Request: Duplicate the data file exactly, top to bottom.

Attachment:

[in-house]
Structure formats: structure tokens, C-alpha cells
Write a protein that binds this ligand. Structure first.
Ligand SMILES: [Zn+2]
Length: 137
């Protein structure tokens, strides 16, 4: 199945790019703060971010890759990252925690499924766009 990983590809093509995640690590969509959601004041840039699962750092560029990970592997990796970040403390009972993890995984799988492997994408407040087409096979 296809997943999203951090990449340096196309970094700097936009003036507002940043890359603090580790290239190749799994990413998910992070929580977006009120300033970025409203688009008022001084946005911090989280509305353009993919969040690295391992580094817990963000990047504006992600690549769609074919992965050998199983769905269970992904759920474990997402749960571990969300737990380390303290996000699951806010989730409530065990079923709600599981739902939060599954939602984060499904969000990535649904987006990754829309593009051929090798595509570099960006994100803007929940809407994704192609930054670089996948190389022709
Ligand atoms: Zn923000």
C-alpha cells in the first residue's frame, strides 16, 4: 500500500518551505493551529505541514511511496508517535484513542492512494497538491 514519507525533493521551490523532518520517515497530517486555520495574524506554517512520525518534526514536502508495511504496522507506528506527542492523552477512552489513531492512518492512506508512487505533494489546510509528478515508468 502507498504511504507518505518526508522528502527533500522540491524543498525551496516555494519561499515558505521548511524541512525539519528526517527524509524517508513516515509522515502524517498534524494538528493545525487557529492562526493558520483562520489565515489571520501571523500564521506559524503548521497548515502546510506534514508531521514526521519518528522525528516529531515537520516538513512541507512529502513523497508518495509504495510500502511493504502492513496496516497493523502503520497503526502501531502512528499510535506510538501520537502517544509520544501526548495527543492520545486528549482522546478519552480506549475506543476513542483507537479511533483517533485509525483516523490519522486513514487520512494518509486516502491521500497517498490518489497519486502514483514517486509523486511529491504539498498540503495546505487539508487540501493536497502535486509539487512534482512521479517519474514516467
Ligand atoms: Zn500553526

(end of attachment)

[in-house]
Structure formats: structure tokens, C-alpha cells
Write a protein that binds this ligand. Structure first.
Ligand SMILES: [Zn+2]
Length: 137
């Protein structure tokens, strides 16, 4: 199945790019703060971010890759990252925690499924766009 990983590809093509995640690590969509959601004041840039699962750092560029990970592997990796970040403390009972993890995984799988492997994408407040087409096979 296809997943999203951090990449340096196309970094700097936009003036507002940043890359603090580790290239190749799994990413998910992070929580977006009120300033970025409203688009008022001084946005911090989280509305353009993919969040690295391992580094817990963000990047504006992600690549769609074919992965050998199983769905269970992904759920474990997402749960571990969300737990380390303290996000699951806010989730409530065990079923709600599981739902939060599954939602984060499904969000990535649904987006990754829309593009051929090798595509570099960006994100803007929940809407994704192609930054670089996948190389022709
Ligand atoms: Zn923000």
C-alpha cells in the first residue's frame, strides 16, 4: 500500500518551505493551529505541514511511496508517535484513542492512494497538491 514519507525533493521551490523532518520517515497530517486555520495574524506554517512520525518534526514536502508495511504496522507506528506527542492523552477512552489513531492512518492512506508512487505533494489546510509528478515508468 502507498504511504507518505518526508522528502527533500522540491524543498525551496516555494519561499515558505521548511524541512525539519528526517527524509524517508513516515509522515502524517498534524494538528493545525487557529492562526493558520483562520489565515489571520501571523500564521506559524503548521497548515502546510506534514508531521514526521519518528522525528516529531515537520516538513512541507512529502513523497508518495509504495510500502511493504502492513496496516497493523502503520497503526502501531502512528499510535506510538501520537502517544509520544501526548495527543492520545486528549482522546478519552480506549475506543476513542483507537479511533483517533485509525483516523490519522486513514487520512494518509486516502491521500497517498490518489497519486502514483514517486509523486511529491504539498498540503495546505487539508487540501493536497502535486509539487512534482512521479517519474514516467
Ligand atoms: Zn500553526